Emergency medical care should get a big part of the credit in explaining the good news of a declining murder rate across most of Canada.
Recent numbers tell us the rate of homicide has dropped to a level not seen since the mid-1960s. But do those numbers make sense when other stats say seriously violent crime -- that can result in death -- is a continuing concern?
In the last 10 years, aggravated assaults have jumped 20 per cent and assaults with weapons have increased by 14 per cent. That's on top of increases in the decade previous.
Whether murders are up, down or sideways, we tend to look to the social sciences for answers. Criminologist Neil Boyd from Simon Fraser University, for example, says changing demographics may hold the key to the national decline in murder.
"We have fewer young men in the population, about half as many as in the late '70s and early '80s," Boyd says. "When you get a decline in the percentage of young men in any population, you can expect to get a decline in rates of crime and rates of violent crime."
While his explanation doesn't address the reported increases in aggravated and weapon assaults, he also considers the drop in murders may just be a "random fluctuation" and not particularly noteworthy (just as the rocketing of Winnipeg's 2011 homicide number will likely be written off as a blip).
In any event, seeking answers to Canada's downward trend in homicide from social scientists may not be nearly as fruitful as looking to the more definitive and practical world of medical science.
Simply put, murders are down but murderous acts are not. So more than anything, improved emergency medical care may explain why the homicide rate is in decline instead of exploding.
There are fewer murder victims because of doctors, nurses, paramedics and fire department first responders. They are the ones with the intuition, savvy, equipment, education and training that battle death with medical advances that simply weren't available back in murder's heyday.
It wasn't that long ago that an ambulance was little more than a souped-up meat wagon with a cherry on top. The attendants' focus was on rendering some immediate first aid and getting the patient to a hospital fast.
Today's ambulances are mini-hospitals manned by personnel with extensive medical and triage know-how, and first responders have superlative life-saving training that was less apparent in fire halls 40 years ago.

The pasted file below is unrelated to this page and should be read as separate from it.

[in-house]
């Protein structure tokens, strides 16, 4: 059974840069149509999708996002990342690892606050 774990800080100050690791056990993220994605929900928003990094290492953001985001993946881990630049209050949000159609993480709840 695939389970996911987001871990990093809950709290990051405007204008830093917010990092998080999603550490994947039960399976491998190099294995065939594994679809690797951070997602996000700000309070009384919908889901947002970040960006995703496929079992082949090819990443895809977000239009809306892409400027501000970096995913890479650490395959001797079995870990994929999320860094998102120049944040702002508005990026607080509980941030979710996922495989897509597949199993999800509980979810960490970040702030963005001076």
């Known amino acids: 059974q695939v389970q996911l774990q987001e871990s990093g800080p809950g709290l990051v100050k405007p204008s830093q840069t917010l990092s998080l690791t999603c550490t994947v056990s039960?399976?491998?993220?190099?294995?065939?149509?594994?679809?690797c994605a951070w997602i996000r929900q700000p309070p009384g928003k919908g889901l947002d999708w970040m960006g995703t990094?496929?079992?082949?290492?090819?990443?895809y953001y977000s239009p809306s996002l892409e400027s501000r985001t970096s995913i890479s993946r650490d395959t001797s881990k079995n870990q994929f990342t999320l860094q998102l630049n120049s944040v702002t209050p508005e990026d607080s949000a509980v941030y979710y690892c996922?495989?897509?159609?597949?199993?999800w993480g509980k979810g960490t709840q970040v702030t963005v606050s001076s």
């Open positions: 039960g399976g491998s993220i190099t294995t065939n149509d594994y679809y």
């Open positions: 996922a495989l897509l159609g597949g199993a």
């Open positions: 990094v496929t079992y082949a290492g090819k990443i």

Thanks to the actions of medical professionals working the streets, some of those unfortunate victims who would have succumbed to injury 20 or 30 years ago are transported to hospital with a fighting chance.
The rescue from death's doorstep continues with the dedicated hospital pros who implement more of the advanced procedures and protocols needed to secure the best outcomes.
There are dozens of examples here in Winnipeg. The Free Press last week alone raised two cases that were a heartbeat away from murder (and would have been back in the day).
In one, a 2008 Halloween swarming left a man permanently brain-damaged after he was attacked with weapons, fists and feet. A firefighter, who lived nearby, rushed to the man's aid and used his training to literally keep him alive until ambulance personnel arrived and got him to hospital.
The second story told of a young man made paraplegic when a knife was plunged into his neck. And like so many other stories, it was just a millimetre, a bit of luck and medical care that kept this one out of the murder column.
The medical community, especially its front line, is often the subject of some pretty harsh commentary, perhaps nowhere more than in Winnipeg, as the case of Brian Sinclair, who died in the Health Sciences Centre emergency department waiting room, continues to rev up. A civil suit filed by Sinclair's family describes that hospital's emergency room as a "public nuisance."
Nonsense. The Sinclair case is tragic but it hardly undoes all the good the HSC emergency room has brought to thousands of people, including the scores who are breathing today instead of being just another dead stat.
A tip of the hat is long overdue to all levels of the medical community and an extra little thank you for the unrecognized work that's helped to keep Canada's murder rate mostly stable.
Robert Marshall is a retired
Winnipeg police detective.